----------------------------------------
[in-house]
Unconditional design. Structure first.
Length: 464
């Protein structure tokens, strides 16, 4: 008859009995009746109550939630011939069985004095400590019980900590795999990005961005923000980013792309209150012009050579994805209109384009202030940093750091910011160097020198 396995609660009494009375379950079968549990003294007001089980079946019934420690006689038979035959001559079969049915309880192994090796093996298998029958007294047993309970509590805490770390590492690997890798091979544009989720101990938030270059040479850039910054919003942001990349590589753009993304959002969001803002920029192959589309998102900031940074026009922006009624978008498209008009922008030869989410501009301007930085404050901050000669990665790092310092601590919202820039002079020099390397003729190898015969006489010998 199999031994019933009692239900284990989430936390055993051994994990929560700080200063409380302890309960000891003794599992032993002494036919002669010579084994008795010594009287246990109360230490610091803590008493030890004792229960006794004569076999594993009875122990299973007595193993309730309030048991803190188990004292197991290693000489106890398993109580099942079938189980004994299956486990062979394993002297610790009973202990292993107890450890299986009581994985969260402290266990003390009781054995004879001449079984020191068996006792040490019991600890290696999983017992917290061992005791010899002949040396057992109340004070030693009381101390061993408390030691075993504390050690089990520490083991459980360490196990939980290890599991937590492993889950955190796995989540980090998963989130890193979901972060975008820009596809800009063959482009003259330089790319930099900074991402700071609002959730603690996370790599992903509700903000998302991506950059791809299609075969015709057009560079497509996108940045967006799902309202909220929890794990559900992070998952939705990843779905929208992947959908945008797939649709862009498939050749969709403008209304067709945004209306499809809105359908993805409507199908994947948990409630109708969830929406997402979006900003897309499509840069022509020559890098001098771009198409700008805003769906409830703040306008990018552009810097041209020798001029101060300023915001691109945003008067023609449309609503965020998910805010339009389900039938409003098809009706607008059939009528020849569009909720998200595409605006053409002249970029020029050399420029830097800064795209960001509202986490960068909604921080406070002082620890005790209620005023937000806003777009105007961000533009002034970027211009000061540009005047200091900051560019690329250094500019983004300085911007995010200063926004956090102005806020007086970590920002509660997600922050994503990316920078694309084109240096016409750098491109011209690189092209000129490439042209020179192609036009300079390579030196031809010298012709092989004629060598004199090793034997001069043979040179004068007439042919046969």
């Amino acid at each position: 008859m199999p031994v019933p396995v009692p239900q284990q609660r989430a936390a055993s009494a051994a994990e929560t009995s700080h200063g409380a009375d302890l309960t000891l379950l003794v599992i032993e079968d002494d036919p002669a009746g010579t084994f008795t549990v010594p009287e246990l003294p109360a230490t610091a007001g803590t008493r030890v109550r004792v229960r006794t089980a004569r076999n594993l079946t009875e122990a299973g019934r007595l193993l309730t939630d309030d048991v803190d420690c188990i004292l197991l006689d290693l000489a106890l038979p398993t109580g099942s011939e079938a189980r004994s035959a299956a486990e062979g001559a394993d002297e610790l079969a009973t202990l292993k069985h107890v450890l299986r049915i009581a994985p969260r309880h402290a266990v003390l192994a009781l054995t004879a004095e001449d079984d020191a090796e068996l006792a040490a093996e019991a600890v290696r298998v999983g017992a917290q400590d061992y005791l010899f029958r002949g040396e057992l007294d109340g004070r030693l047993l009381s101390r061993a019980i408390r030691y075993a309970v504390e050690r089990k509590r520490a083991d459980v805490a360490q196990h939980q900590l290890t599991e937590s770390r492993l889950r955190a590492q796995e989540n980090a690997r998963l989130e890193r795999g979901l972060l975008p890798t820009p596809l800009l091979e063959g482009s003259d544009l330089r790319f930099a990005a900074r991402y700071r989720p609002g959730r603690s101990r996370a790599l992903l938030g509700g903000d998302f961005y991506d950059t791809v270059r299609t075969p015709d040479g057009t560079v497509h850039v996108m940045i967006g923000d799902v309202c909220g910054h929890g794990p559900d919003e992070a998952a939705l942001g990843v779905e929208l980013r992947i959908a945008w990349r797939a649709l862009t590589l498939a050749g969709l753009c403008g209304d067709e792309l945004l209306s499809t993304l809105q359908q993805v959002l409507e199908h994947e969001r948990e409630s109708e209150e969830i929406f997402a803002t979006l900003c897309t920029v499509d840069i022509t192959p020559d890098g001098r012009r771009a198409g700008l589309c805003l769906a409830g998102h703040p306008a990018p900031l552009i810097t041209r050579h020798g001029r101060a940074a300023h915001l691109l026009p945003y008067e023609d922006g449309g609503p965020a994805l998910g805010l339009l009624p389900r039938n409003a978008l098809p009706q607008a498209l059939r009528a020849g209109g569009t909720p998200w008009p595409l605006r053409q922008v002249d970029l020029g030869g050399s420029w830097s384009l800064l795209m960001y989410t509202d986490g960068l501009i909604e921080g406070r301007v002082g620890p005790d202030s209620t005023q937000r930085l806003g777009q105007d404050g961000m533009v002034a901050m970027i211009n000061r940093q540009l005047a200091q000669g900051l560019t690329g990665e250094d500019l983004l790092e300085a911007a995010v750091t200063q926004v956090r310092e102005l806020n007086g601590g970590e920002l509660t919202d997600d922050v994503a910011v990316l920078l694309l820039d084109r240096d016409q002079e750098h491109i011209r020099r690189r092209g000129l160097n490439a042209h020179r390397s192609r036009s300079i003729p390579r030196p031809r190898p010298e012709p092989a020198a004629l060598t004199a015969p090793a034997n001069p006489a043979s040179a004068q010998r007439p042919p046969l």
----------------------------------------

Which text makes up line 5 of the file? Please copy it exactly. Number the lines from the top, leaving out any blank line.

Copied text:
């Amino acid at each position: 008859m199999p031994v019933p396995v009692p239900q284990q609660r989430a936390a055993s009494a051994a994990e929560t009995s700080h200063g409380a009375d302890l309960t000891l379950l003794v599992i032993e079968d002494d036919p002669a009746g010579t084994f008795t549990v010594p009287e246990l003294p109360a230490t610091a007001g803590t008493r030890v109550r004792v229960r006794t089980a004569r076999n594993l079946t009875e122990a299973g019934r007595l193993l309730t939630d309030d048991v803190d420690c188990i004292l197991l006689d290693l000489a106890l038979p398993t109580g099942s011939e079938a189980r004994s035959a299956a486990e062979g001559a394993d002297e610790l079969a009973t202990l292993k069985h107890v450890l299986r049915i009581a994985p969260r309880h402290a266990v003390l192994a009781l054995t004879a004095e001449d079984d020191a090796e068996l006792a040490a093996e019991a600890v290696r298998v999983g017992a917290q400590d061992y005791l010899f029958r002949g040396e057992l007294d109340g004070r030693l047993l009381s101390r061993a019980i408390r030691y075993a309970v504390e050690r089990k509590r520490a083991d459980v805490a360490q196990h939980q900590l290890t599991e937590s770390r492993l889950r955190a590492q796995e989540n980090a690997r998963l989130e890193r795999g979901l972060l975008p890798t820009p596809l800009l091979e063959g482009s003259d544009l330089r790319f930099a990005a900074r991402y700071r989720p609002g959730r603690s101990r996370a790599l992903l938030g509700g903000d998302f961005y991506d950059t791809v270059r299609t075969p015709d040479g057009t560079v497509h850039v996108m940045i967006g923000d799902v309202c909220g910054h929890g794990p559900d919003e992070a998952a939705l942001g990843v779905e929208l980013r992947i959908a945008w990349r797939a649709l862009t590589l498939a050749g969709l753009c403008g209304d067709e792309l945004l209306s499809t993304l809105q359908q993805v959002l409507e199908h994947e969001r948990e409630s109708e209150e969830i929406f997402a803002t979006l900003c897309t920029v499509d840069i022509t192959p020559d890098g001098r012009r771009a198409g700008l589309c805003l769906a409830g998102h703040p306008a990018p900031l552009i810097t041209r050579h020798g001029r101060a940074a300023h915001l691109l026009p945003y008067e023609d922006g449309g609503p965020a994805l998910g805010l339009l009624p389900r039938n409003a978008l098809p009706q607008a498209l059939r009528a020849g209109g569009t909720p998200w008009p595409l605006r053409q922008v002249d970029l020029g030869g050399s420029w830097s384009l800064l795209m960001y989410t509202d986490g960068l501009i909604e921080g406070r301007v002082g620890p005790d202030s209620t005023q937000r930085l806003g777009q105007d404050g961000m533009v002034a901050m970027i211009n000061r940093q540009l005047a200091q000669g900051l560019t690329g990665e250094d500019l983004l790092e300085a911007a995010v750091t200063q926004v956090r310092e102005l806020n007086g601590g970590e920002l509660t919202d997600d922050v994503a910011v990316l920078l694309l820039d084109r240096d016409q002079e750098h491109i011209r020099r690189r092209g000129l160097n490439a042209h020179r390397s192609r036009s300079i003729p390579r030196p031809r190898p010298e012709p092989a020198a004629l060598t004199a015969p090793a034997n001069p006489a043979s040179a004068q010998r007439p042919p046969l």